If you want a very brief summary of the current status of Nintendo’s finances, they’re extremely healthy. When any company posts profits in the billions of dollars, it’s a sign of impressive health and long term stability. It’s a boom that rather brings to mind the Wii / DS era, albeit Nintendo has now long-since evolved its business into one line of hardware (with iterations, of course). The Switch era has allowed the company to streamline and focus, and you combine that with a bumper year and you have impressive results.
In this article we’re going to break down some key takeaways from Nintendo’s financial results, but first of all below are links to our initial coverage as the reports were issued.
So, here are some key aspects of Nintendo’s financial reports.
Nintendo spent a record amount on R&D (Research and Development)
Over the course of the last financial year Nintendo spent 93.2 billion Yen on research and development expenses, which is north of $850 million. The key thing to note is that this was an increase of 10.8% over the previous year. Senior Analyst at Niko Partners, Daniel Ahmad, shared an informative graph that shows this is also a record for Nintendo; the orange line shows it was actually a drop in percentage of overall revenue, but as it was such an outstanding year for Nintendo this is no surprise.
The assumption that will be made is that a chunk of this will be on the next notable hardware release, though that’s rather like saying Nintendo is actively developing Mario projects. What most fans will really care about is the timing for the next system, and that’s still at the mercy of rumours and speculation, with 2 years+ of talk around a Switch ‘Pro’. There have been reports it’s planned for this year, though many of the same sources said a Pro would arrive last year; right now only Nintendo knows, but no doubt a portion of that R&D will have been devoted to new hardware and related projects.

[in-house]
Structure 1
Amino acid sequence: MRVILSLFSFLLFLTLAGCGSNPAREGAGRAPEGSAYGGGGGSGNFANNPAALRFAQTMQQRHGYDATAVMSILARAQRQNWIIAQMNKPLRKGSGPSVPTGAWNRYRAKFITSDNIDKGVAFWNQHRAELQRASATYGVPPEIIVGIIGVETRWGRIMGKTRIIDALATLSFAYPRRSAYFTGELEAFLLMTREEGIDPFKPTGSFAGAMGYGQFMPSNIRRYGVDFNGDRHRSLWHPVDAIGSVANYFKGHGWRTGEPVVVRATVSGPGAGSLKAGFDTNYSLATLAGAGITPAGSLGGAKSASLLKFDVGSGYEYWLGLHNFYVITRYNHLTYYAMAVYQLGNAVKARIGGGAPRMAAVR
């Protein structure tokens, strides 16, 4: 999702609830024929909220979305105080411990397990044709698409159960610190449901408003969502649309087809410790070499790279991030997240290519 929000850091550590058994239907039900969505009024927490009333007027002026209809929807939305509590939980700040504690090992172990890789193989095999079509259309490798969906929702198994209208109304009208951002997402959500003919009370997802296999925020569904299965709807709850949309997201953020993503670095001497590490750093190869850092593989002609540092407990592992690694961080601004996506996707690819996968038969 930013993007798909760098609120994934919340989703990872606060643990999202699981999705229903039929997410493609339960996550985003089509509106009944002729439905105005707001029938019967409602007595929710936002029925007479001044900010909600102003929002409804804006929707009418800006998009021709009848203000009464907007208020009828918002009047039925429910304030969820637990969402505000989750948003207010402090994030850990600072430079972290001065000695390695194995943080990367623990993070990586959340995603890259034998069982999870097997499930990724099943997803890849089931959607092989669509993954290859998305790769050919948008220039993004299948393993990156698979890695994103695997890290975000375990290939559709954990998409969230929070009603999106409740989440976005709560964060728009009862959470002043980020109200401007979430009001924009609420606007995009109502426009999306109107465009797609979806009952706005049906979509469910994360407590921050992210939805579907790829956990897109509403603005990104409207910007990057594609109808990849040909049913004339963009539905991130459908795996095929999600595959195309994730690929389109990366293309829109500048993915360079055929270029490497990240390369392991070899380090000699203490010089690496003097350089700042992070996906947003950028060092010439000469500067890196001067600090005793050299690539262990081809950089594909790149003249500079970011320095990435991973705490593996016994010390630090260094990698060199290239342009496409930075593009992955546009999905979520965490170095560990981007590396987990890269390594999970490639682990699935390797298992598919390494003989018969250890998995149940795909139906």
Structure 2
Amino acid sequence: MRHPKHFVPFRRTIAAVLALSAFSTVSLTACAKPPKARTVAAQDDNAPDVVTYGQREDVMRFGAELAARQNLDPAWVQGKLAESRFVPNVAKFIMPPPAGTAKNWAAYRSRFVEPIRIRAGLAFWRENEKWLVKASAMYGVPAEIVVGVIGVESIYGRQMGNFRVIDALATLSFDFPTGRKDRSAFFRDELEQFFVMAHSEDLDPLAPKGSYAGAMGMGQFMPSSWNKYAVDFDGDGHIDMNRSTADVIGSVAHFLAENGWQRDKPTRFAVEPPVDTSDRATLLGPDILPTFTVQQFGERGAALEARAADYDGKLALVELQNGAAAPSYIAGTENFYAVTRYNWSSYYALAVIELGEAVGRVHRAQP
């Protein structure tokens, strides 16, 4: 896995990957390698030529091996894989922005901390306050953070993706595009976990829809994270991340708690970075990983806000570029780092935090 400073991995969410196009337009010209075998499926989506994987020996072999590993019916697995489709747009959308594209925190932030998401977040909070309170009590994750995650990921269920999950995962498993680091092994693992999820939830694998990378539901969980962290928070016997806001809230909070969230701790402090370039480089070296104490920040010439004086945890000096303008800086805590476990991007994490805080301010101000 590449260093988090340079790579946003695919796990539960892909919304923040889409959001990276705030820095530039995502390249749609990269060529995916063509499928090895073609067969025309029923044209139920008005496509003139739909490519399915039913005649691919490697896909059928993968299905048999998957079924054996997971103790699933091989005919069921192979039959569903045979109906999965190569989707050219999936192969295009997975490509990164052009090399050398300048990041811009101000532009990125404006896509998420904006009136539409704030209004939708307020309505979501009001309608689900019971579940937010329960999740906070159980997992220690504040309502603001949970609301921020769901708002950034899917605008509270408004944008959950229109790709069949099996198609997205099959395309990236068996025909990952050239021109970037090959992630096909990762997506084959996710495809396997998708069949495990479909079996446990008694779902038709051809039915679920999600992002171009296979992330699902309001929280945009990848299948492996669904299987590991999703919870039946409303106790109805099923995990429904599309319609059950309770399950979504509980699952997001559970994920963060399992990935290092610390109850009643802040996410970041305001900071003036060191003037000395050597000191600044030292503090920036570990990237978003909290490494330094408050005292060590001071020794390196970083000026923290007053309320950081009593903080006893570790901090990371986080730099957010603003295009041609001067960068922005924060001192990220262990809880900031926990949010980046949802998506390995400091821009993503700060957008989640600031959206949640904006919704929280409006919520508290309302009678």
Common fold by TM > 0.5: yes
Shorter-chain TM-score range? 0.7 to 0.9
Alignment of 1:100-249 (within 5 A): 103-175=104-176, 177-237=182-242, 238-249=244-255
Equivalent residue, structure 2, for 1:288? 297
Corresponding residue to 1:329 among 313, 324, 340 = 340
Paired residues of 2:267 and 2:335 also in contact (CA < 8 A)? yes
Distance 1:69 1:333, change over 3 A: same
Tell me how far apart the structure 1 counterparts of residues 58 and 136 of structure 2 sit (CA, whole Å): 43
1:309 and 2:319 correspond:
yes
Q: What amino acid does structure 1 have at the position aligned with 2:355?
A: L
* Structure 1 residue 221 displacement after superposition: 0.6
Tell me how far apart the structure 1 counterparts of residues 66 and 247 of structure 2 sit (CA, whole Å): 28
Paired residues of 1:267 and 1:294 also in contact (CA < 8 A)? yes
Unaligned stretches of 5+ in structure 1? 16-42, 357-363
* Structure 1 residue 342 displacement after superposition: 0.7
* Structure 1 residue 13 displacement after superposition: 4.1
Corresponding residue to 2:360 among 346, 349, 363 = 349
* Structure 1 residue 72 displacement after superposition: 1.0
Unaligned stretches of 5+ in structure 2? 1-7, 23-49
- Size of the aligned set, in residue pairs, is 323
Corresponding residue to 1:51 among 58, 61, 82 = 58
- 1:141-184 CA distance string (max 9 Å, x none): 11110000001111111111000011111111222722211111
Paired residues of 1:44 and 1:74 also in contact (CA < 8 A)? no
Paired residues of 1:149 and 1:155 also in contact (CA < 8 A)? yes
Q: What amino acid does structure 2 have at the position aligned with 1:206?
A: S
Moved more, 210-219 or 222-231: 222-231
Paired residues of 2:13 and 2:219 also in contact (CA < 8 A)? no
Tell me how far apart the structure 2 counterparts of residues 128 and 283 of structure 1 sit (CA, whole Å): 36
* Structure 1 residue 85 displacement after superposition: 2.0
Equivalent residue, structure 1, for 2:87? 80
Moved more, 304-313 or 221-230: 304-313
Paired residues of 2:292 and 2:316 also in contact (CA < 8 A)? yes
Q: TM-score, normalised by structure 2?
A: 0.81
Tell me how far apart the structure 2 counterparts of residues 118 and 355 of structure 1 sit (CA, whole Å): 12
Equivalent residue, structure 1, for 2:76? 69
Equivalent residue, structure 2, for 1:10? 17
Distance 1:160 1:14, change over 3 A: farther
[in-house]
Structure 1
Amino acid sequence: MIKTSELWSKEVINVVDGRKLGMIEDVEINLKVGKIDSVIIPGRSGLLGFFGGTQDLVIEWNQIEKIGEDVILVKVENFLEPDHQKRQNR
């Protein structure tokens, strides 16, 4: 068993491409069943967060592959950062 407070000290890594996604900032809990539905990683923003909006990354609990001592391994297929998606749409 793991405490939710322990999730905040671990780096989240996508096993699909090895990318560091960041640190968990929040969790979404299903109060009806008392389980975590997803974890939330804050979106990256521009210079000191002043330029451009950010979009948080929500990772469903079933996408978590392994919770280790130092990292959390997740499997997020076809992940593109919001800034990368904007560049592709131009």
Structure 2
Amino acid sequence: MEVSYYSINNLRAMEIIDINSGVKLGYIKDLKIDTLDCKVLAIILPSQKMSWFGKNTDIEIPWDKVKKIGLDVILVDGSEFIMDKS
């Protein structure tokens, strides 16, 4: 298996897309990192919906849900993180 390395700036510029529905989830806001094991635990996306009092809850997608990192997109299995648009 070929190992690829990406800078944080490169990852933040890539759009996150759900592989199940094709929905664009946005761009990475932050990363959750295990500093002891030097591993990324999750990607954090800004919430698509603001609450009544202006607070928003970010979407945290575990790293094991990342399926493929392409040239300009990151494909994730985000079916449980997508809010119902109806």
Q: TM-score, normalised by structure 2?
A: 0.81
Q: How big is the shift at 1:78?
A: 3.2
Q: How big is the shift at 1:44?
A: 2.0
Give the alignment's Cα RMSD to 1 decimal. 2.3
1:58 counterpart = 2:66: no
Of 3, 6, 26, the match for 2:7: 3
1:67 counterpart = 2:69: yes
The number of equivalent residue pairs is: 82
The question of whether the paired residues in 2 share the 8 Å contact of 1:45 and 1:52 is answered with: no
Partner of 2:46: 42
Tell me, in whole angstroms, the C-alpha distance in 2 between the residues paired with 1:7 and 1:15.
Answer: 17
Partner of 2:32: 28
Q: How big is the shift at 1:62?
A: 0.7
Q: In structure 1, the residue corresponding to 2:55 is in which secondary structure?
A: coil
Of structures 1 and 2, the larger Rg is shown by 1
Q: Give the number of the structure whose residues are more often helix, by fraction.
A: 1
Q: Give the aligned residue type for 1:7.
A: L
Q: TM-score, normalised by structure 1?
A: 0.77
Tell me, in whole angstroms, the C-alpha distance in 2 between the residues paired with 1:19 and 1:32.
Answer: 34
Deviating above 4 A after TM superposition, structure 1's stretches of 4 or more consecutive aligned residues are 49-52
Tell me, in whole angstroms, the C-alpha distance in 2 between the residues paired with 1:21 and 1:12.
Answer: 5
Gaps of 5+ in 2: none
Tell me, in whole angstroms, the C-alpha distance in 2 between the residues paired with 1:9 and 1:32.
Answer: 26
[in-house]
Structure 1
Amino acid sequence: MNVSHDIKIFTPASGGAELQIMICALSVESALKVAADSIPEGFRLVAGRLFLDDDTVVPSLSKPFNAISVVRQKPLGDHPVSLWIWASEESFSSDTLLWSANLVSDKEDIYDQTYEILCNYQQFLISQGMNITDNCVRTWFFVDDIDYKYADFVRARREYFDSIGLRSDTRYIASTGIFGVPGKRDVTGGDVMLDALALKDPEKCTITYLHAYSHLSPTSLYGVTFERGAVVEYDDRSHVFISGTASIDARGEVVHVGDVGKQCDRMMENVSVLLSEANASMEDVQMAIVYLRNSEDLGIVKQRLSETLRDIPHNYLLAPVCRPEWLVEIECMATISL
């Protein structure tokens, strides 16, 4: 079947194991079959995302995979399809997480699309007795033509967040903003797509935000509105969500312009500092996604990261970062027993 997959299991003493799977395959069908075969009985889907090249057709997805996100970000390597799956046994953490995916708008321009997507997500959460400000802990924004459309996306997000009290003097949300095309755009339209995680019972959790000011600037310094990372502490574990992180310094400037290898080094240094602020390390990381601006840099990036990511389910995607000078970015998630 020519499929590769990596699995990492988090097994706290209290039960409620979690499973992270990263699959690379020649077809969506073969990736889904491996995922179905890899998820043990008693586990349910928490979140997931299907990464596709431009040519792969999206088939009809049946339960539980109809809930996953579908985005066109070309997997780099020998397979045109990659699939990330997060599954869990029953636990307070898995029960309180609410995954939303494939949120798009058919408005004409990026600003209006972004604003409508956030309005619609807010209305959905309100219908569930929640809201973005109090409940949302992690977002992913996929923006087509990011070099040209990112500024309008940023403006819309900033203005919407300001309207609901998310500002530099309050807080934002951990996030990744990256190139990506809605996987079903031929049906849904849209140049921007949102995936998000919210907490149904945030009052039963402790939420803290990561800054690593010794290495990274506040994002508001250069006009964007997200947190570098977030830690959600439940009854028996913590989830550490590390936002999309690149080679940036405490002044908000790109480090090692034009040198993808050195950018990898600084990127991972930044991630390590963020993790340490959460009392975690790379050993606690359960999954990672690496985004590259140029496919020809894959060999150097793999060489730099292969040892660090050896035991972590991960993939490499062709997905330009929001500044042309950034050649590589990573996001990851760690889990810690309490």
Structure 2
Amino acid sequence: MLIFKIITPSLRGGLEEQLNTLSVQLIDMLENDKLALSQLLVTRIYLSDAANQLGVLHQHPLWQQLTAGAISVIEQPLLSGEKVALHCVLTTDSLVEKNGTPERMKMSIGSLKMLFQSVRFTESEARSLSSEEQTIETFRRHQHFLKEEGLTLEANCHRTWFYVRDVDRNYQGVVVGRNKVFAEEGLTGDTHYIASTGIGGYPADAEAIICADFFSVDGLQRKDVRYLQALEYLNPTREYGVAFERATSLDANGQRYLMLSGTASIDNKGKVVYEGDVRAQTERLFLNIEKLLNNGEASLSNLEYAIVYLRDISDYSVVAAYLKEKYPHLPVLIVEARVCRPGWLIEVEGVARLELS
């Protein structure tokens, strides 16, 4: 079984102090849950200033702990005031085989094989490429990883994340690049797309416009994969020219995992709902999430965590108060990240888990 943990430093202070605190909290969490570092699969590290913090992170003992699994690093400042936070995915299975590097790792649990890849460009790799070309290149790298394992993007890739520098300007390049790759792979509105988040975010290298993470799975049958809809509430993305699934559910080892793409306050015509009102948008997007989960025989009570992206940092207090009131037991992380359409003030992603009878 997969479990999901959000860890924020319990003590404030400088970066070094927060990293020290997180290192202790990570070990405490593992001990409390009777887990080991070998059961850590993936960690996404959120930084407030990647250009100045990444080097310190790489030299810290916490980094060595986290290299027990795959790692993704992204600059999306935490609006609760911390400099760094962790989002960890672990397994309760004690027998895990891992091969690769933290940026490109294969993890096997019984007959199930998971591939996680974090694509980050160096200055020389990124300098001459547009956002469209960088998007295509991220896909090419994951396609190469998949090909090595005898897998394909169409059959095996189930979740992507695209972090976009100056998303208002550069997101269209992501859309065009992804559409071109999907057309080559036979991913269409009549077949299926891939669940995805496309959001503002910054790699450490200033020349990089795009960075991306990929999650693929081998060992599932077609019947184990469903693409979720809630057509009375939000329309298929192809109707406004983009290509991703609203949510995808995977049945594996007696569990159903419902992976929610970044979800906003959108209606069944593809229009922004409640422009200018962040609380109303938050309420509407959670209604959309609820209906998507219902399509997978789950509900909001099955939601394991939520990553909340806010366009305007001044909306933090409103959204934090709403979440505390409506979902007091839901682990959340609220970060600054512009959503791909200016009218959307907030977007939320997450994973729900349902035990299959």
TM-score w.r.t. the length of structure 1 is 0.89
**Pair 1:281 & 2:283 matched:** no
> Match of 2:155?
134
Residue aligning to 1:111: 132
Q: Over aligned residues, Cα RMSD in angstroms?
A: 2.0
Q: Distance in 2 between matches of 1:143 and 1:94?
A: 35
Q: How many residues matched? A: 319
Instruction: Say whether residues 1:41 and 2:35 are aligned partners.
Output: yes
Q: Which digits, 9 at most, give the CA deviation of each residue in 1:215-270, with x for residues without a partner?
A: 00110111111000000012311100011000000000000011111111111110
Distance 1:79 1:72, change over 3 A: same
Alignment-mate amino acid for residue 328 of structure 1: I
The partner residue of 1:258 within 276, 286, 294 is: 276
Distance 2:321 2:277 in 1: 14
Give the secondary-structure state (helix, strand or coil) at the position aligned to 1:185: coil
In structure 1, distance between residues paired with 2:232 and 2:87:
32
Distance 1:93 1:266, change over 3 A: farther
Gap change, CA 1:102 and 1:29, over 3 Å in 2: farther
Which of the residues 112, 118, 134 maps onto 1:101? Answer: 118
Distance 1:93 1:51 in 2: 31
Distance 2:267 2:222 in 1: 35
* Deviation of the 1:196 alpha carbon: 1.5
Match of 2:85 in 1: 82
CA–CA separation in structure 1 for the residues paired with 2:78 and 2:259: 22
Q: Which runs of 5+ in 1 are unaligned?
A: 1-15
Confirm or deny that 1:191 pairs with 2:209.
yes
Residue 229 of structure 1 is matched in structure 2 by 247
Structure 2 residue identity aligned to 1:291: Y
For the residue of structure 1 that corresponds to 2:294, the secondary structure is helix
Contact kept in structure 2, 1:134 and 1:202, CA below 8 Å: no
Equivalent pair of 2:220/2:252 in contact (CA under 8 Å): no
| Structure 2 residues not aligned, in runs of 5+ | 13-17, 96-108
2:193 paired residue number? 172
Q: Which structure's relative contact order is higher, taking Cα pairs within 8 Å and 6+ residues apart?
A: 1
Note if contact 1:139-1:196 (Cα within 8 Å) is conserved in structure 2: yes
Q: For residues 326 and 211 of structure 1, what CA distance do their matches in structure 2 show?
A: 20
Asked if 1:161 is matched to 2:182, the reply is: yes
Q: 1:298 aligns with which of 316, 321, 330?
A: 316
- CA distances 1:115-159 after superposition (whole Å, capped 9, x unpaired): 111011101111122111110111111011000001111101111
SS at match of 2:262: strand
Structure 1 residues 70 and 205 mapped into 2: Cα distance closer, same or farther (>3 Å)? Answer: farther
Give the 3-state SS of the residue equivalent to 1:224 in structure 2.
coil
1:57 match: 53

The figure should excite us for other reasons, though. We’ve seen Nintendo produce some left-field products in recent years, from cardboard-based toy construction to RV cars blended with Mario Kart. Not every new product has been a major success, but Nintendo is continually experimenting with its technology and ideas, so the more it spends on R&D the more likely we are to be surprised each year.
The Mario movie may just be the beginning
Next year, all going to plan, will bring us a fully fledged Mario movie. It’s the first full Mario movie since ‘that live action flick’, and it’s going to be a pretty big cultural event in gaming. Nintendo has made noises about “looking into” more animation projects, and though we’ve seen some excellent promotional animations over the past decade, it does seem likely that Nintendo will aim to make a greater impact in the movie (and perhaps TV) space.
If there was any doubt about Nintendo’s interest in this area, a smaller line in the financial results may settle the matter. It was confirmed that Nintendo is nominating Illumination founder Chris Meledandri as an ‘Outside Director’, which will likely be ratified in June. To be clear, outside directors are typically brought on board to advise and guide on key topics, which Meledandri can certainly offer. Illumination is the company producing the Mario movie, having developed a number of very successful animated movie brands, included the likes of Despicable Me.
Here’s what Nintendo’s said about the appointment: